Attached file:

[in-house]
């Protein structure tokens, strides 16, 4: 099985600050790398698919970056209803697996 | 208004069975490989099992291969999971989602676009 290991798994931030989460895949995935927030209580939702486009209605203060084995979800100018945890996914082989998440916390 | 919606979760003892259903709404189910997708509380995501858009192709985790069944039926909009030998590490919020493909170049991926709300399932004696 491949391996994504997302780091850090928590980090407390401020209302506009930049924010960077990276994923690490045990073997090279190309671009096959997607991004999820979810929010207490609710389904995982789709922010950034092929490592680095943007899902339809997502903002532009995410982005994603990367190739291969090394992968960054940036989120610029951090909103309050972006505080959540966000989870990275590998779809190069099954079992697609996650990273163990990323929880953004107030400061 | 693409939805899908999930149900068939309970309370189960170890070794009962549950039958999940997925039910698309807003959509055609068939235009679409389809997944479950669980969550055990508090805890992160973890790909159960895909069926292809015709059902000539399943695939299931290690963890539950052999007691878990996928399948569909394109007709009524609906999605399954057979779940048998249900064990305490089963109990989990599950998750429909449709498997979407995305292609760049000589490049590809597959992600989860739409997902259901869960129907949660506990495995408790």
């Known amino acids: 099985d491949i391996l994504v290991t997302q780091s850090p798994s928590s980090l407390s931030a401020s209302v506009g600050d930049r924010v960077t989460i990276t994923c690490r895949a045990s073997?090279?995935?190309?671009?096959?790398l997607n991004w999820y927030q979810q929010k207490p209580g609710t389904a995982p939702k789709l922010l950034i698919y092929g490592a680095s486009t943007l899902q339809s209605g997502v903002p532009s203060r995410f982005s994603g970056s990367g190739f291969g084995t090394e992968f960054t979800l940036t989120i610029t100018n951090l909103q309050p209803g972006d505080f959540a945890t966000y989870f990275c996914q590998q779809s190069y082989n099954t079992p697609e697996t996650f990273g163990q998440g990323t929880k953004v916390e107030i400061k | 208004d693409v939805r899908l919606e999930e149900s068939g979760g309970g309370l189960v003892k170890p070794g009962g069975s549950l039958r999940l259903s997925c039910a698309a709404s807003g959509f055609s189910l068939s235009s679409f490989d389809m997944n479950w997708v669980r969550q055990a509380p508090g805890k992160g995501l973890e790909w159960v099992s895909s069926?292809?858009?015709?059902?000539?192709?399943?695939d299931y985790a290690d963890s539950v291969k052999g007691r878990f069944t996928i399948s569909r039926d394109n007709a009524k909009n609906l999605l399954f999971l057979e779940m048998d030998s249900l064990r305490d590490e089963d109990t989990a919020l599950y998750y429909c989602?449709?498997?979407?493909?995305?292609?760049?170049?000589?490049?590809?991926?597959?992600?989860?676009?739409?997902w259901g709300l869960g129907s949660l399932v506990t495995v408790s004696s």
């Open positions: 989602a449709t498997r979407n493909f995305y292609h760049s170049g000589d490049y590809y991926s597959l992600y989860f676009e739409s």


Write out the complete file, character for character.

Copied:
[in-house]
């Protein structure tokens, strides 16, 4: 099985600050790398698919970056209803697996 | 208004069975490989099992291969999971989602676009 290991798994931030989460895949995935927030209580939702486009209605203060084995979800100018945890996914082989998440916390 | 919606979760003892259903709404189910997708509380995501858009192709985790069944039926909009030998590490919020493909170049991926709300399932004696 491949391996994504997302780091850090928590980090407390401020209302506009930049924010960077990276994923690490045990073997090279190309671009096959997607991004999820979810929010207490609710389904995982789709922010950034092929490592680095943007899902339809997502903002532009995410982005994603990367190739291969090394992968960054940036989120610029951090909103309050972006505080959540966000989870990275590998779809190069099954079992697609996650990273163990990323929880953004107030400061 | 693409939805899908999930149900068939309970309370189960170890070794009962549950039958999940997925039910698309807003959509055609068939235009679409389809997944479950669980969550055990508090805890992160973890790909159960895909069926292809015709059902000539399943695939299931290690963890539950052999007691878990996928399948569909394109007709009524609906999605399954057979779940048998249900064990305490089963109990989990599950998750429909449709498997979407995305292609760049000589490049590809597959992600989860739409997902259901869960129907949660506990495995408790």
């Known amino acids: 099985d491949i391996l994504v290991t997302q780091s850090p798994s928590s980090l407390s931030a401020s209302v506009g600050d930049r924010v960077t989460i990276t994923c690490r895949a045990s073997?090279?995935?190309?671009?096959?790398l997607n991004w999820y927030q979810q929010k207490p209580g609710t389904a995982p939702k789709l922010l950034i698919y092929g490592a680095s486009t943007l899902q339809s209605g997502v903002p532009s203060r995410f982005s994603g970056s990367g190739f291969g084995t090394e992968f960054t979800l940036t989120i610029t100018n951090l909103q309050p209803g972006d505080f959540a945890t966000y989870f990275c996914q590998q779809s190069y082989n099954t079992p697609e697996t996650f990273g163990q998440g990323t929880k953004v916390e107030i400061k | 208004d693409v939805r899908l919606e999930e149900s068939g979760g309970g309370l189960v003892k170890p070794g009962g069975s549950l039958r999940l259903s997925c039910a698309a709404s807003g959509f055609s189910l068939s235009s679409f490989d389809m997944n479950w997708v669980r969550q055990a509380p508090g805890k992160g995501l973890e790909w159960v099992s895909s069926?292809?858009?015709?059902?000539?192709?399943?695939d299931y985790a290690d963890s539950v291969k052999g007691r878990f069944t996928i399948s569909r039926d394109n007709a009524k909009n609906l999605l399954f999971l057979e779940m048998d030998s249900l064990r305490d590490e089963d109990t989990a919020l599950y998750y429909c989602?449709?498997?979407?493909?995305?292609?760049?170049?000589?490049?590809?991926?597959?992600?989860?676009?739409?997902w259901g709300l869960g129907s949660l399932v506990t495995v408790s004696s």
């Open positions: 989602a449709t498997r979407n493909f995305y292609h760049s170049g000589d490049y590809y991926s597959l992600y989860f676009e739409s």